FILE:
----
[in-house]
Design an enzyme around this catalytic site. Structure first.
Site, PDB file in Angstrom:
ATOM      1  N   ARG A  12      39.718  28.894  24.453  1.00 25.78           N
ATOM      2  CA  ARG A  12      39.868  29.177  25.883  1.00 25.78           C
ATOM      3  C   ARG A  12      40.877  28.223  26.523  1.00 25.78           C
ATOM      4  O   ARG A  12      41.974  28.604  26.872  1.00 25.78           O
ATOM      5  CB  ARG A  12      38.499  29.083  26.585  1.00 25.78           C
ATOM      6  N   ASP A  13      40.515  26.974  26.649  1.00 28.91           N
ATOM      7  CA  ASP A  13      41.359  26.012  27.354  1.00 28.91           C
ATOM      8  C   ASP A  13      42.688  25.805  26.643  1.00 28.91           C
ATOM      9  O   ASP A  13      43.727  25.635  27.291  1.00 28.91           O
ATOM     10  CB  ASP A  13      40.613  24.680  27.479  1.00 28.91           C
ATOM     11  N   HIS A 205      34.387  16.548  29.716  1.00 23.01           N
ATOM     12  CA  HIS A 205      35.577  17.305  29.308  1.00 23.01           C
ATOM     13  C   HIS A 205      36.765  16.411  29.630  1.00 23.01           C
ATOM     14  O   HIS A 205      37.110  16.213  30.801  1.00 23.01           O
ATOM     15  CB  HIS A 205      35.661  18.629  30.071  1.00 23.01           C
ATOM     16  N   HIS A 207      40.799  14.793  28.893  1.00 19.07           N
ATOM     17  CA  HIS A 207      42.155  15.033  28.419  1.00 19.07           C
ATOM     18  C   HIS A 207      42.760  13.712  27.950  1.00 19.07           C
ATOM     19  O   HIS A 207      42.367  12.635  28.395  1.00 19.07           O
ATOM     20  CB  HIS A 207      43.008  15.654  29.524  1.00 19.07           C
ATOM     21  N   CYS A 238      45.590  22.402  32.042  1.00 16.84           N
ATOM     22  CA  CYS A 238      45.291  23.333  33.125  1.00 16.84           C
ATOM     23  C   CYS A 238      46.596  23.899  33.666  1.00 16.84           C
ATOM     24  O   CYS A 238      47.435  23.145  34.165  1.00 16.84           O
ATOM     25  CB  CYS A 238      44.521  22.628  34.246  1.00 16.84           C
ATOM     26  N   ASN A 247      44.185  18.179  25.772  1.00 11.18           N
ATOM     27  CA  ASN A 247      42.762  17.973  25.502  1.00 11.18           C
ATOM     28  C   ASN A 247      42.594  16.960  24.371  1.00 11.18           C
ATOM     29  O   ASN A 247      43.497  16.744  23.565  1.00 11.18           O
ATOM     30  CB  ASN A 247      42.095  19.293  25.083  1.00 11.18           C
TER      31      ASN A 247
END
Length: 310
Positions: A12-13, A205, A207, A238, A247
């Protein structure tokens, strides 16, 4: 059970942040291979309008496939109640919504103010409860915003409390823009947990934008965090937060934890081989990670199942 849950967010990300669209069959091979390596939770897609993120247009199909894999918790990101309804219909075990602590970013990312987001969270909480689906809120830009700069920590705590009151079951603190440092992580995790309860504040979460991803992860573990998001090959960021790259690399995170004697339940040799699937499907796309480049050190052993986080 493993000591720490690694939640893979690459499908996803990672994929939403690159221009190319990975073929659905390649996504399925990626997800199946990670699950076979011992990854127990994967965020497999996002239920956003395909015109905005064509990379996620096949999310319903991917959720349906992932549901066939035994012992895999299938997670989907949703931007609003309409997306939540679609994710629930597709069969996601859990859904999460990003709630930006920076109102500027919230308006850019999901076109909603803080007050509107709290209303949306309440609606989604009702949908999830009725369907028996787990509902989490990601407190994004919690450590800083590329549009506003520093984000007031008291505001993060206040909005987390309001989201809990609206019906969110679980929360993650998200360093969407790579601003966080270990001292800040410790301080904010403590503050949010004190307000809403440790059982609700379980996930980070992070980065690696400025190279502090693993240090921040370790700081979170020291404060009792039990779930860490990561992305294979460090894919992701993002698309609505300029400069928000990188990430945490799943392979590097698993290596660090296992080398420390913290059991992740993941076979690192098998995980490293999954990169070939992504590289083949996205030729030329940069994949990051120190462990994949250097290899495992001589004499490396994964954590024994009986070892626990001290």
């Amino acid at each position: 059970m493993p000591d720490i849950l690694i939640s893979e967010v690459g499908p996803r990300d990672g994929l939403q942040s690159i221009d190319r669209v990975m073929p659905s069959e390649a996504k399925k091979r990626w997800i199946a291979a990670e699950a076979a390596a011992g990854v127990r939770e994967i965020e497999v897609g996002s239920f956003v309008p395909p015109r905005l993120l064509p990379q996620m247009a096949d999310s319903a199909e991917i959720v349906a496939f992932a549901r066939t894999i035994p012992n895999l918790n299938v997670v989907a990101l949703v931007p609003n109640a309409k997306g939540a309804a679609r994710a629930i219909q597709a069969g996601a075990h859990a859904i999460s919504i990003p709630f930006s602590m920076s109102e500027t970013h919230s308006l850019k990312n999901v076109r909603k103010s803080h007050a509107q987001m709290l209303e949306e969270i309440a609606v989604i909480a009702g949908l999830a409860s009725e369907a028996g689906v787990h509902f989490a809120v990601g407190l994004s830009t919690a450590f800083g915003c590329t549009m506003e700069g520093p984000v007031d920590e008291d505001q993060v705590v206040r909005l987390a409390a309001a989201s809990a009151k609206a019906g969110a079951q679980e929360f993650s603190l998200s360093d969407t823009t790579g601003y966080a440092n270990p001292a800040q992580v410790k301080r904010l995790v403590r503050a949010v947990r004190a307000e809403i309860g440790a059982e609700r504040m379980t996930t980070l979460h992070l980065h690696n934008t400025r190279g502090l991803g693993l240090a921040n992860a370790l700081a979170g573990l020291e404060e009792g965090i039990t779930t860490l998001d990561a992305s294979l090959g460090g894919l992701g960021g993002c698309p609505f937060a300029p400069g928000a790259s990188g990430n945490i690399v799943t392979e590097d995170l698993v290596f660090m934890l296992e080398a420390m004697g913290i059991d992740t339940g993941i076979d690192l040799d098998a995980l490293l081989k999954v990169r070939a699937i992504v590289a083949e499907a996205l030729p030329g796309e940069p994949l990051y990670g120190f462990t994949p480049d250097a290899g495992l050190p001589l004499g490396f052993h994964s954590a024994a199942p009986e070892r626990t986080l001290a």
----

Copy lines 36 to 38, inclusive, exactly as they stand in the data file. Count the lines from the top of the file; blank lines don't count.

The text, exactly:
Length: 310
Positions: A12-13, A205, A207, A238, A247
């Protein structure tokens, strides 16, 4: 059970942040291979309008496939109640919504103010409860915003409390823009947990934008965090937060934890081989990670199942 849950967010990300669209069959091979390596939770897609993120247009199909894999918790990101309804219909075990602590970013990312987001969270909480689906809120830009700069920590705590009151079951603190440092992580995790309860504040979460991803992860573990998001090959960021790259690399995170004697339940040799699937499907796309480049050190052993986080 493993000591720490690694939640893979690459499908996803990672994929939403690159221009190319990975073929659905390649996504399925990626997800199946990670699950076979011992990854127990994967965020497999996002239920956003395909015109905005064509990379996620096949999310319903991917959720349906992932549901066939035994012992895999299938997670989907949703931007609003309409997306939540679609994710629930597709069969996601859990859904999460990003709630930006920076109102500027919230308006850019999901076109909603803080007050509107709290209303949306309440609606989604009702949908999830009725369907028996787990509902989490990601407190994004919690450590800083590329549009506003520093984000007031008291505001993060206040909005987390309001989201809990609206019906969110679980929360993650998200360093969407790579601003966080270990001292800040410790301080904010403590503050949010004190307000809403440790059982609700379980996930980070992070980065690696400025190279502090693993240090921040370790700081979170020291404060009792039990779930860490990561992305294979460090894919992701993002698309609505300029400069928000990188990430945490799943392979590097698993290596660090296992080398420390913290059991992740993941076979690192098998995980490293999954990169070939992504590289083949996205030729030329940069994949990051120190462990994949250097290899495992001589004499490396994964954590024994009986070892626990001290």